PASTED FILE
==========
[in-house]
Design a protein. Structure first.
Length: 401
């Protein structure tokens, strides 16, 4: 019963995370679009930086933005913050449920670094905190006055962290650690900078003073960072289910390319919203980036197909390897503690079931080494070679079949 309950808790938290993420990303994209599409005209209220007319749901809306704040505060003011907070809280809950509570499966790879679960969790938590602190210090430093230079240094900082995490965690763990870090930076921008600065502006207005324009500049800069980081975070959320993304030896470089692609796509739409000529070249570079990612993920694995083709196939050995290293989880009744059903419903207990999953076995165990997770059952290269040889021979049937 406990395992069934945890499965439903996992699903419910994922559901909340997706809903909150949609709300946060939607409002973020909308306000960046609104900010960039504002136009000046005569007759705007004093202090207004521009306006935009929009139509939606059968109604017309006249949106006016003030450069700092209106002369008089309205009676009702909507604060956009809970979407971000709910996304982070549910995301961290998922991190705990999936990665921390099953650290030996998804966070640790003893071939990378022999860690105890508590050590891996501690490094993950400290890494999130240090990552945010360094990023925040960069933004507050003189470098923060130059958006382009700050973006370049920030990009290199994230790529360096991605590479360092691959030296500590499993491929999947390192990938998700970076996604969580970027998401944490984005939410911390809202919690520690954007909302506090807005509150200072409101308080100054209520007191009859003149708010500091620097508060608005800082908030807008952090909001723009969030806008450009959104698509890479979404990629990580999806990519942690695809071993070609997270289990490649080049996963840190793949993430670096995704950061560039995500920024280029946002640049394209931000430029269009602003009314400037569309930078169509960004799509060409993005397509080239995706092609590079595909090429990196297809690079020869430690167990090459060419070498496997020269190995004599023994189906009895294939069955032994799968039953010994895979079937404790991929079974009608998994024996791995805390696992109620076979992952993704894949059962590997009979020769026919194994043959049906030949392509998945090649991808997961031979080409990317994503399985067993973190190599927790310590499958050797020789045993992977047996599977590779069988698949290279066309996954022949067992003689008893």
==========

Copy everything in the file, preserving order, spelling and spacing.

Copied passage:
[in-house]
Design a protein. Structure first.
Length: 401
């Protein structure tokens, strides 16, 4: 019963995370679009930086933005913050449920670094905190006055962290650690900078003073960072289910390319919203980036197909390897503690079931080494070679079949 309950808790938290993420990303994209599409005209209220007319749901809306704040505060003011907070809280809950509570499966790879679960969790938590602190210090430093230079240094900082995490965690763990870090930076921008600065502006207005324009500049800069980081975070959320993304030896470089692609796509739409000529070249570079990612993920694995083709196939050995290293989880009744059903419903207990999953076995165990997770059952290269040889021979049937 406990395992069934945890499965439903996992699903419910994922559901909340997706809903909150949609709300946060939607409002973020909308306000960046609104900010960039504002136009000046005569007759705007004093202090207004521009306006935009929009139509939606059968109604017309006249949106006016003030450069700092209106002369008089309205009676009702909507604060956009809970979407971000709910996304982070549910995301961290998922991190705990999936990665921390099953650290030996998804966070640790003893071939990378022999860690105890508590050590891996501690490094993950400290890494999130240090990552945010360094990023925040960069933004507050003189470098923060130059958006382009700050973006370049920030990009290199994230790529360096991605590479360092691959030296500590499993491929999947390192990938998700970076996604969580970027998401944490984005939410911390809202919690520690954007909302506090807005509150200072409101308080100054209520007191009859003149708010500091620097508060608005800082908030807008952090909001723009969030806008450009959104698509890479979404990629990580999806990519942690695809071993070609997270289990490649080049996963840190793949993430670096995704950061560039995500920024280029946002640049394209931000430029269009602003009314400037569309930078169509960004799509060409993005397509080239995706092609590079595909090429990196297809690079020869430690167990090459060419070498496997020269190995004599023994189906009895294939069955032994799968039953010994895979079937404790991929079974009608998994024996791995805390696992109620076979992952993704894949059962590997009979020769026919194994043959049906030949392509998945090649991808997961031979080409990317994503399985067993973190190599927790310590499958050797020789045993992977047996599977590779069988698949290279066309996954022949067992003689008893």